Book Care, Storage and Repair

I love books. I really love books. Remember that scene in Beauty and the Beast, where Belle is overwhelmed with the massive, gorgeous wood library? That would have been me :) But books are simply pieces of thin wood glued together. They can EASILY be damaged by water, fire, bugs, humidity, and more. If you have books in your home, you'll have to take care of them or repair them at some point in time.

Basic Storage
Because a book is made of tree pulp, it is tasty to many creatures that eat wood. You want the book to be at a medium humidity and temperature. This means the humidity should be about 50% and the temperature between 50F and 80F. If the book gets too humid, it will grow mold. If it gets too dry, the pages will become brittle and fall apart. To help maintain the proper levels, you should never seal a book into anything. There should be good airflow. On a shelf, this means the book should not be up against the back of the shelf and there should be room up above the book top. In a box, the milk crate style box works well, so air can get in. Cardboard can often hold in humid air and mold.

Don't ever store books on the floor - that is where hungry critters live. If the books are in a basement, they can easily be flooded or damaged. Store the books up on shelves.

Basic Damage Repair
Usually it's best to talk with your local library about getting a book repaired. Things that you might try on your own, using tape or glue, can often cause more serious damage to the item. The most healthy way to keep a book at its current state is to take a pair of ribbons and tie them around the book - one lengthwise, one width-wise. That will keep the book together without putting anything permanent or damaging on the book.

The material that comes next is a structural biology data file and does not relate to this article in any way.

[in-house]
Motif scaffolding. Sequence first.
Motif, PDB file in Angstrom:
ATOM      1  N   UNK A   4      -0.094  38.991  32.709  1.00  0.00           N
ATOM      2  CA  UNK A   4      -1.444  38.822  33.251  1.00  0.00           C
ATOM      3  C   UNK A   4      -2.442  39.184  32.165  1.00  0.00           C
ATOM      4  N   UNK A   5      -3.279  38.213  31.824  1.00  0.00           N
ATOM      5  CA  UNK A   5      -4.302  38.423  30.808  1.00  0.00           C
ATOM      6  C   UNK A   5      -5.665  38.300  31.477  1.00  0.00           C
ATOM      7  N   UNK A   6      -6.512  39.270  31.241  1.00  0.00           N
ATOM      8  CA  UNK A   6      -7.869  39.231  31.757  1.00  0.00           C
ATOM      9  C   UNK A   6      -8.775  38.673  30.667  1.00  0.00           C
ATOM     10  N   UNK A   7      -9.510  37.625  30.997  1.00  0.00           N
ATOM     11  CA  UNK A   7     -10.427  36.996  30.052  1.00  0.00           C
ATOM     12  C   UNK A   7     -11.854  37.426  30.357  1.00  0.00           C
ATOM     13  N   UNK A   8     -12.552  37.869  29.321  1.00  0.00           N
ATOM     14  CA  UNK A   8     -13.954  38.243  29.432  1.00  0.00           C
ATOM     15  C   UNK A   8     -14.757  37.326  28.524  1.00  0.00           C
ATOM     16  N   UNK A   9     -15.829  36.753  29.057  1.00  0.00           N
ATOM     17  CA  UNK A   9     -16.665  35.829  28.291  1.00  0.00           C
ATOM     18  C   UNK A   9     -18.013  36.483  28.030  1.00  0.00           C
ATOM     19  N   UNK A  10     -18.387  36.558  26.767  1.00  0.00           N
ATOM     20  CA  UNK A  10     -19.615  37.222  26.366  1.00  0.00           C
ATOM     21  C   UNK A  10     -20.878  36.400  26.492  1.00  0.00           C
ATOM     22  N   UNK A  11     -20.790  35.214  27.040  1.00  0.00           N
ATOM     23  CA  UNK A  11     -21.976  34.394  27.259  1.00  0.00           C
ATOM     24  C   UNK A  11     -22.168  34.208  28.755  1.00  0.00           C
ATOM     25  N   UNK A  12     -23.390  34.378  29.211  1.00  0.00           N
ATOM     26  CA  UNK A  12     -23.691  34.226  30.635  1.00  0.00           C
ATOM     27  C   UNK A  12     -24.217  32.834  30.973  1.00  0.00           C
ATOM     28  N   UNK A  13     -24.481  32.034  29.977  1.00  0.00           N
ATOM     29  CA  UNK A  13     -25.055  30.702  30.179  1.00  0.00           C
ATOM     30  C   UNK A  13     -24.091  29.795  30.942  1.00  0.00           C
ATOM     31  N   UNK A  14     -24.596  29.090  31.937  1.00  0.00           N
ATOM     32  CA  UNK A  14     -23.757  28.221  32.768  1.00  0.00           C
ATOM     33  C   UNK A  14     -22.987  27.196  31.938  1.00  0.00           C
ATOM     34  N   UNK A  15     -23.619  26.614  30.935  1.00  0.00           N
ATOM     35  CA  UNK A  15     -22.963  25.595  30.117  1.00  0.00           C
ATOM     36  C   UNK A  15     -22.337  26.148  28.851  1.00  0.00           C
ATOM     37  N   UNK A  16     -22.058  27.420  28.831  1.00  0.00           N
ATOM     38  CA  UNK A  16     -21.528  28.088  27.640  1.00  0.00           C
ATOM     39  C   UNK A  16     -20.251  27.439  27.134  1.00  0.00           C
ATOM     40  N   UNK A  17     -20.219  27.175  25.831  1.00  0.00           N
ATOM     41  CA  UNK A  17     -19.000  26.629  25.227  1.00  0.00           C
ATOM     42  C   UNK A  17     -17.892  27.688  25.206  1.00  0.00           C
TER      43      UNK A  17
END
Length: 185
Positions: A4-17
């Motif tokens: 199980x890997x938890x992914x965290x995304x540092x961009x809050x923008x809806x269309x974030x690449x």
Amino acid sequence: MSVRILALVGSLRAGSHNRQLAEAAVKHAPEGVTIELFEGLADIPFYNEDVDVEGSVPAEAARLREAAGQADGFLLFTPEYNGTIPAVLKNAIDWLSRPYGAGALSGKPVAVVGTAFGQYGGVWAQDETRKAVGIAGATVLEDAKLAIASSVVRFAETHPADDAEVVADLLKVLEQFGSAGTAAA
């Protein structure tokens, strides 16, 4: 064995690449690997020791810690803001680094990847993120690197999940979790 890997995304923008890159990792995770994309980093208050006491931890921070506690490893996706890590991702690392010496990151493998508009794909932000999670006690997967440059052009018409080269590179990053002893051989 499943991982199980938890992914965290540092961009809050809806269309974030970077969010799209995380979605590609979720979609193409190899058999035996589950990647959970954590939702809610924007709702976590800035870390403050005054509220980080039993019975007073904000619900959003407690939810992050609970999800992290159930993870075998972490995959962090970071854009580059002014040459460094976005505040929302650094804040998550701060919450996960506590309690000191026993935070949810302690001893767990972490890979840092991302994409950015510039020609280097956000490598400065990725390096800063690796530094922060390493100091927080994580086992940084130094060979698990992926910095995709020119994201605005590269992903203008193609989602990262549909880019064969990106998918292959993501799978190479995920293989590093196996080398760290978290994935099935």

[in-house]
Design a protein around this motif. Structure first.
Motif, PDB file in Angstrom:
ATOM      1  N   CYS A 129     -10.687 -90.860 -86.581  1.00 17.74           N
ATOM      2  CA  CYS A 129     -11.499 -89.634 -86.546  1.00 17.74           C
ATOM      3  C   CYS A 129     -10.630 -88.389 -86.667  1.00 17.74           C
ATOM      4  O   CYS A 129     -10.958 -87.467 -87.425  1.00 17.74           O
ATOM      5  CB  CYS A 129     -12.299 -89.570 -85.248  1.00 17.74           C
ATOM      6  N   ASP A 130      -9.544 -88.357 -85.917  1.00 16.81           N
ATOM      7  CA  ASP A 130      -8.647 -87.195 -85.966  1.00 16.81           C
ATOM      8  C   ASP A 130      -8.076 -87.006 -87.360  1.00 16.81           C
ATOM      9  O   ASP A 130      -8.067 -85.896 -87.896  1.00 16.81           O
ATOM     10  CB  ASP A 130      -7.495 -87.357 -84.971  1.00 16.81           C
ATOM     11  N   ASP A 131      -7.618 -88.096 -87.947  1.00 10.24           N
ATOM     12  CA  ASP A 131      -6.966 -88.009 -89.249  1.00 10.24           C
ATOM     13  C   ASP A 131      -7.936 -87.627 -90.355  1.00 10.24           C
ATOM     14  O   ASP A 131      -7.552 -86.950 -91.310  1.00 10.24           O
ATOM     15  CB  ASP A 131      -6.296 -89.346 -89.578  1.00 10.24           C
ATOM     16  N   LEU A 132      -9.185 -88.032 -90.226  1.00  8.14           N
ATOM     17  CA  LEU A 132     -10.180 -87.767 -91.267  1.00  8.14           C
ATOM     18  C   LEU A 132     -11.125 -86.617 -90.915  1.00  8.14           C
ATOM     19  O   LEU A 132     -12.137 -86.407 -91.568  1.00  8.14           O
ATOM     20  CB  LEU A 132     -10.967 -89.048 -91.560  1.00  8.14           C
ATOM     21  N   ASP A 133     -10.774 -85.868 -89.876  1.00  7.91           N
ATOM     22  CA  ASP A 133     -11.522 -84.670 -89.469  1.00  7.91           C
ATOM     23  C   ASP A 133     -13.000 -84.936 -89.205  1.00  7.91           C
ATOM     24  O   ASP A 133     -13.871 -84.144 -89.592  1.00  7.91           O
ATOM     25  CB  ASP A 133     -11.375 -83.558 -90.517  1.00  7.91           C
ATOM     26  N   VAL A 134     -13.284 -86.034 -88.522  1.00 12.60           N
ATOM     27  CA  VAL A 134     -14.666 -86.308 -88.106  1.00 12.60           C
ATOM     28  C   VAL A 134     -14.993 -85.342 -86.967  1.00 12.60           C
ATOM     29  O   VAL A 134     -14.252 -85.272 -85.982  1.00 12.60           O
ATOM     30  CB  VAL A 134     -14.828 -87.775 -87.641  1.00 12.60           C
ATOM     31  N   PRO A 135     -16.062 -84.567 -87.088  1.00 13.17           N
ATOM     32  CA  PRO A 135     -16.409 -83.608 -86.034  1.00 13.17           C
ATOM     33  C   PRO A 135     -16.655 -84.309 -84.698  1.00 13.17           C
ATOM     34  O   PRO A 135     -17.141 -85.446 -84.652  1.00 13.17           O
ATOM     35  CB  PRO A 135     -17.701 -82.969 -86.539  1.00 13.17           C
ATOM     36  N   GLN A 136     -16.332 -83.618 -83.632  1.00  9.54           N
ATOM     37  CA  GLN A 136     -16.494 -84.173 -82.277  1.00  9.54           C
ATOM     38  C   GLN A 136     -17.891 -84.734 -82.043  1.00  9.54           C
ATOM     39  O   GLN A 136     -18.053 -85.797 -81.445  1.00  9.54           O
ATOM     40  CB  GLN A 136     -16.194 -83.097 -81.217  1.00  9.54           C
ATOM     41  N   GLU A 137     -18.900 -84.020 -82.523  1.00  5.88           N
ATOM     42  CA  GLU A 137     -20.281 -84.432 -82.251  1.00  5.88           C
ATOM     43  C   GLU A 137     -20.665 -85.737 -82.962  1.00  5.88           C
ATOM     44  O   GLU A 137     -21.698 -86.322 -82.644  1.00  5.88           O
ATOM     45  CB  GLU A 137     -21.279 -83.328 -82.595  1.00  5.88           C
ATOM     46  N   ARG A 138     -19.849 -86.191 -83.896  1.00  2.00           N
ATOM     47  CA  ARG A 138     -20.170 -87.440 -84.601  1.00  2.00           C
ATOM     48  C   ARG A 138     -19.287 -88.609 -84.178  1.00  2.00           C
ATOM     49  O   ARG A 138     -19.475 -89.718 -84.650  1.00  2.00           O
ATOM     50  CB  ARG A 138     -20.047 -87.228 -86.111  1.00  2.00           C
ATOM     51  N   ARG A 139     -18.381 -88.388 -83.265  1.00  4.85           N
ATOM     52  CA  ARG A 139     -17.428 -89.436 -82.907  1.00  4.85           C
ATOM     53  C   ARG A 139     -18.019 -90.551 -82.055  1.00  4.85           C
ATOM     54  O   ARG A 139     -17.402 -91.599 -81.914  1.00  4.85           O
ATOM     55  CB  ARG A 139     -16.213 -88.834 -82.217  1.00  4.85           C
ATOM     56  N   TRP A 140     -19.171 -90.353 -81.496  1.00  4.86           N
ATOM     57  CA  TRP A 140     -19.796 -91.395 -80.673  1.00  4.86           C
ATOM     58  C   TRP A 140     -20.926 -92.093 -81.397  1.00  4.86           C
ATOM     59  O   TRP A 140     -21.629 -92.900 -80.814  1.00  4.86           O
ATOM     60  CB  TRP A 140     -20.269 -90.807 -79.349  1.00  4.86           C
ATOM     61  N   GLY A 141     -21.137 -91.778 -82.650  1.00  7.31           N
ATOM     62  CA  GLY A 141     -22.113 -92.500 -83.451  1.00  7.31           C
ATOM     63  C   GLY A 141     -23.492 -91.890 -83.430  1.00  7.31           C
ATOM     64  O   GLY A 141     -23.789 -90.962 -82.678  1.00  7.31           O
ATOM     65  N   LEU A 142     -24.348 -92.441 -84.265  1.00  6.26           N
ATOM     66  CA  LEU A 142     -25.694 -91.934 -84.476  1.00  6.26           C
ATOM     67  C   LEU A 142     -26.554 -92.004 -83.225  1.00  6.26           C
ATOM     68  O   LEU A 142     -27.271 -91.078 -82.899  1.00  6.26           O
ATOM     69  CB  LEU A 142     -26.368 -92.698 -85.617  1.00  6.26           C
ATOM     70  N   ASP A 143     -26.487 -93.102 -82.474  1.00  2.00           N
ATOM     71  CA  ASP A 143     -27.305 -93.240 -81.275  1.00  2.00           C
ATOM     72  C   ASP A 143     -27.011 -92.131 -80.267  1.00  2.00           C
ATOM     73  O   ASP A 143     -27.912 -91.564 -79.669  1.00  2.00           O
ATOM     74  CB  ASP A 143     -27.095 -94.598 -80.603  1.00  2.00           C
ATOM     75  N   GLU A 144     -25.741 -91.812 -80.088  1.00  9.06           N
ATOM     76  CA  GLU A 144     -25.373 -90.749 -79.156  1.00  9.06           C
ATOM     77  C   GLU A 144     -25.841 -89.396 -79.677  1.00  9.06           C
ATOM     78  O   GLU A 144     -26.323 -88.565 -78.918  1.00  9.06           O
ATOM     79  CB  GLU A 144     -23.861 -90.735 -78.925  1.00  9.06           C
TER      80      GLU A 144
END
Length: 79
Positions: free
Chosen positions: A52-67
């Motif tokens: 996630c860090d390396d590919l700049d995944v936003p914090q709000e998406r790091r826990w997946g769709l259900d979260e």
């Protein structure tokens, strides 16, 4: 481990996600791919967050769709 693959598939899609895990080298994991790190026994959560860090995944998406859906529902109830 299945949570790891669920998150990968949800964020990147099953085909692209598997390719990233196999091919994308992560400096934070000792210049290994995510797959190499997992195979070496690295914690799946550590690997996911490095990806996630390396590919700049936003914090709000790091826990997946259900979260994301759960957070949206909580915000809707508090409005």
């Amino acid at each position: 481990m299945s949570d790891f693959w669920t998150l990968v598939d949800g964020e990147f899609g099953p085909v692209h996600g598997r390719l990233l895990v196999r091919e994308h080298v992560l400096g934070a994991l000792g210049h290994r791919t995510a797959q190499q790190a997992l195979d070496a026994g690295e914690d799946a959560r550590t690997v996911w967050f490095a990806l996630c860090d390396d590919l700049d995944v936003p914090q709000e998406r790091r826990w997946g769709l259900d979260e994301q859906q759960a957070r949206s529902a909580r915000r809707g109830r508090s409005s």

Water Damaged Books
Just about every home has the potential for water damage. Homes along the southeast can easily see hurricane damage. Homes in the north can get a snowstorm with subsequent melts. Homes in the west can see flash flooding. If books are stored on the ground in the cellar, they're pretty much asking to be flooded - but even books up on shelves can get wet if the weather is bad enough. How do you try to save your precious books once they've gotten wet?

First, the key is to dry them out GRADUALLY. If you just threw the books into a hot oven, the quick temperature and humidity change would crisp the books, just like leaves. Your main concern here is mold. Mold can start up in only 2 days and will completely destroy the pages. Depending on the scope of the problem, you may not have time to worry about books right away, if your entire house was flooded. If that's the case, your best bet is to freeze the books. That will lock the damage at its current state, so that you can deal with it later. You can find companies to give you freezer space that is pretty inexpensive.

Once you are ready to deal with the books, you want to dry them out gradually while minimizing mold growth. Mold grows best in warm conditions, so make the room as cool as possible. Stand the book up on its end and fan the pages out, so that the book dries thoroughly. If the pages are glossy or coated, they will tend to stick together, so stick regular paper pieces in between the glossy pages to help them stay apart. Use gentle fans to keep the air circulating, and a de-humidifier to take the moisture out of the air. The books won't be "perfect" when they are dry - but they will still be books. Once they're dry, you might want to lay them down sideways and put weights on the covers, to help press them back into a normal shape.

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